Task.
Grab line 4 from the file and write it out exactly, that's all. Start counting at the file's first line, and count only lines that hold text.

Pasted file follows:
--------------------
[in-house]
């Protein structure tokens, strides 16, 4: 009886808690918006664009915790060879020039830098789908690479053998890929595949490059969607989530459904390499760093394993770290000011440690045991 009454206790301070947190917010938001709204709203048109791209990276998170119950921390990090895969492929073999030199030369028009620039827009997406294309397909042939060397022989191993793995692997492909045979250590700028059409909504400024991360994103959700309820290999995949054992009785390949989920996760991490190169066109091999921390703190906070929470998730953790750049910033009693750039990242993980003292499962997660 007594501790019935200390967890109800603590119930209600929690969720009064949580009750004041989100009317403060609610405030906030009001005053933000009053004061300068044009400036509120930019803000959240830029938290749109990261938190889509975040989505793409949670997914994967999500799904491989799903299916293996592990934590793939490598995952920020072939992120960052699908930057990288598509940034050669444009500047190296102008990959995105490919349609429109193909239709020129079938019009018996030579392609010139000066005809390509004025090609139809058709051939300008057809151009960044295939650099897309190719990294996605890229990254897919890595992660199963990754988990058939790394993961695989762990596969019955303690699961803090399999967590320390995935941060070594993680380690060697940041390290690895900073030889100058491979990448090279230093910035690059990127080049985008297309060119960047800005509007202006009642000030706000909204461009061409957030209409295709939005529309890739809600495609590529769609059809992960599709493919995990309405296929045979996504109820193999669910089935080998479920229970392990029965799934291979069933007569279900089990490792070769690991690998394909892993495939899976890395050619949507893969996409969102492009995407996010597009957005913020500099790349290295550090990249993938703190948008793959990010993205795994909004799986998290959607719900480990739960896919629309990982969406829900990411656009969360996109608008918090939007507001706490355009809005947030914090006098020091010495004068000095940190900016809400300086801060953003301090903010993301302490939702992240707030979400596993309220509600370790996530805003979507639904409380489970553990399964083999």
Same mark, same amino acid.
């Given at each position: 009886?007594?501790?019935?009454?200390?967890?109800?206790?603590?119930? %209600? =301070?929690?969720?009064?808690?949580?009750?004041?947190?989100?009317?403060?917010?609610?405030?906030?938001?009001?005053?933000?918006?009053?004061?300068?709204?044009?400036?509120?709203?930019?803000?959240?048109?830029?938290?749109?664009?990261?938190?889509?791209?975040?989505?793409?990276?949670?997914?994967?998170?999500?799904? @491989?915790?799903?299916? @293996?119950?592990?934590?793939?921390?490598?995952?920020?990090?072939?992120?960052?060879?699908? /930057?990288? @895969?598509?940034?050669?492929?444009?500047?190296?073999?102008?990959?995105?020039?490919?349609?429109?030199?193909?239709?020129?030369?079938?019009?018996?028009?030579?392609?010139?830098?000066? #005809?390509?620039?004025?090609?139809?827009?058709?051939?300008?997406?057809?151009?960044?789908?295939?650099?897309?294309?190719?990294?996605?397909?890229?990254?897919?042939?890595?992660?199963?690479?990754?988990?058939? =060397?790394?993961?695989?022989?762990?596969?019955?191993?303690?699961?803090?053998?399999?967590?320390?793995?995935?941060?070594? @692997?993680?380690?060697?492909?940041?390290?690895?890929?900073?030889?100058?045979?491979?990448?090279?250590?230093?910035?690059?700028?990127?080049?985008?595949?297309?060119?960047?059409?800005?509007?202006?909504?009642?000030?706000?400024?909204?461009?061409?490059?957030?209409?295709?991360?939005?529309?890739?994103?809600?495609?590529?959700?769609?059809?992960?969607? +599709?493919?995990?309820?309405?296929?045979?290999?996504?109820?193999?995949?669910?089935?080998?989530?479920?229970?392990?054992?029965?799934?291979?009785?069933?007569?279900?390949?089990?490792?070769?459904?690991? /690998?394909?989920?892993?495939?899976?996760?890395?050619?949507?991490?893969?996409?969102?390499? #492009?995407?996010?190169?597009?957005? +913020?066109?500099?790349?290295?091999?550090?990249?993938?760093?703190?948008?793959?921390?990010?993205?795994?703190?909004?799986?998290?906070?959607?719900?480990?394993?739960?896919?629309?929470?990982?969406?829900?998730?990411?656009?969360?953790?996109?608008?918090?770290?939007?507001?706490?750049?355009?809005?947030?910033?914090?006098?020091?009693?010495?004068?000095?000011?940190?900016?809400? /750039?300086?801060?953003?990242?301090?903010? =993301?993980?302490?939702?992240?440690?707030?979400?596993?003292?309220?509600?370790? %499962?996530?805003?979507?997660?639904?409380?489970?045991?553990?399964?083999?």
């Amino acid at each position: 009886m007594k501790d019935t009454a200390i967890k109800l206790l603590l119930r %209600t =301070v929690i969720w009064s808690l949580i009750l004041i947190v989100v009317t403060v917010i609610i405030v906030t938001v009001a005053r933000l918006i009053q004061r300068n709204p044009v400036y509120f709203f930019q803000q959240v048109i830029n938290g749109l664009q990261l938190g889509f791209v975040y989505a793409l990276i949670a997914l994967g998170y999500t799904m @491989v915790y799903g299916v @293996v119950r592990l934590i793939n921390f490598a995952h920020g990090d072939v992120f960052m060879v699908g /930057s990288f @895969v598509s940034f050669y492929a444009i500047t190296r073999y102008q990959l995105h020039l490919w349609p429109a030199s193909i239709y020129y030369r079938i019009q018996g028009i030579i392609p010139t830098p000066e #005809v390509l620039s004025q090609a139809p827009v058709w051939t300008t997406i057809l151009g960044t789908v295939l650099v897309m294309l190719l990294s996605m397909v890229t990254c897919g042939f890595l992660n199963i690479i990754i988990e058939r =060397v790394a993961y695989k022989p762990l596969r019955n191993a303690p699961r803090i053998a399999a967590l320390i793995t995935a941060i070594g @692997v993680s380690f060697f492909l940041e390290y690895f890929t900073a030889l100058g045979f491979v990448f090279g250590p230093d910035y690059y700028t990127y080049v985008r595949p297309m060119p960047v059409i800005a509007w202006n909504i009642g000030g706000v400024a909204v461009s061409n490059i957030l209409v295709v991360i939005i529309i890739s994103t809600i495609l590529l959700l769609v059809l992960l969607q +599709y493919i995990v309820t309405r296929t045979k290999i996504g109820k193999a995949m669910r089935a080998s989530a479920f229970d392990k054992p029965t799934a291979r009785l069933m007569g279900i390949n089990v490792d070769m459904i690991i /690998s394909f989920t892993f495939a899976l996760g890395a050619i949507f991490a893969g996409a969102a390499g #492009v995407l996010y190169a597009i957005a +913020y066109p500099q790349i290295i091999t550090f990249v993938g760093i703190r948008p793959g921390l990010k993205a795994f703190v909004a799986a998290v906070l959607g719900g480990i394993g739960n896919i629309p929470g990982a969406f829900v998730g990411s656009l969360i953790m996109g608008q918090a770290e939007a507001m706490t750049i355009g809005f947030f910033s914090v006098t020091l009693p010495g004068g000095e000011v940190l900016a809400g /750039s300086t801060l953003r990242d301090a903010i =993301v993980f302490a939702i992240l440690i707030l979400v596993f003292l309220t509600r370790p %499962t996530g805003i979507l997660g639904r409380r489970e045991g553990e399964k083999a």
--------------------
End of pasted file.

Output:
């Given at each position: 009886?007594?501790?019935?009454?200390?967890?109800?206790?603590?119930? %209600? =301070?929690?969720?009064?808690?949580?009750?004041?947190?989100?009317?403060?917010?609610?405030?906030?938001?009001?005053?933000?918006?009053?004061?300068?709204?044009?400036?509120?709203?930019?803000?959240?048109?830029?938290?749109?664009?990261?938190?889509?791209?975040?989505?793409?990276?949670?997914?994967?998170?999500?799904? @491989?915790?799903?299916? @293996?119950?592990?934590?793939?921390?490598?995952?920020?990090?072939?992120?960052?060879?699908? /930057?990288? @895969?598509?940034?050669?492929?444009?500047?190296?073999?102008?990959?995105?020039?490919?349609?429109?030199?193909?239709?020129?030369?079938?019009?018996?028009?030579?392609?010139?830098?000066? #005809?390509?620039?004025?090609?139809?827009?058709?051939?300008?997406?057809?151009?960044?789908?295939?650099?897309?294309?190719?990294?996605?397909?890229?990254?897919?042939?890595?992660?199963?690479?990754?988990?058939? =060397?790394?993961?695989?022989?762990?596969?019955?191993?303690?699961?803090?053998?399999?967590?320390?793995?995935?941060?070594? @692997?993680?380690?060697?492909?940041?390290?690895?890929?900073?030889?100058?045979?491979?990448?090279?250590?230093?910035?690059?700028?990127?080049?985008?595949?297309?060119?960047?059409?800005?509007?202006?909504?009642?000030?706000?400024?909204?461009?061409?490059?957030?209409?295709?991360?939005?529309?890739?994103?809600?495609?590529?959700?769609?059809?992960?969607? +599709?493919?995990?309820?309405?296929?045979?290999?996504?109820?193999?995949?669910?089935?080998?989530?479920?229970?392990?054992?029965?799934?291979?009785?069933?007569?279900?390949?089990?490792?070769?459904?690991? /690998?394909?989920?892993?495939?899976?996760?890395?050619?949507?991490?893969?996409?969102?390499? #492009?995407?996010?190169?597009?957005? +913020?066109?500099?790349?290295?091999?550090?990249?993938?760093?703190?948008?793959?921390?990010?993205?795994?703190?909004?799986?998290?906070?959607?719900?480990?394993?739960?896919?629309?929470?990982?969406?829900?998730?990411?656009?969360?953790?996109?608008?918090?770290?939007?507001?706490?750049?355009?809005?947030?910033?914090?006098?020091?009693?010495?004068?000095?000011?940190?900016?809400? /750039?300086?801060?953003?990242?301090?903010? =993301?993980?302490?939702?992240?440690?707030?979400?596993?003292?309220?509600?370790? %499962?996530?805003?979507?997660?639904?409380?489970?045991?553990?399964?083999?």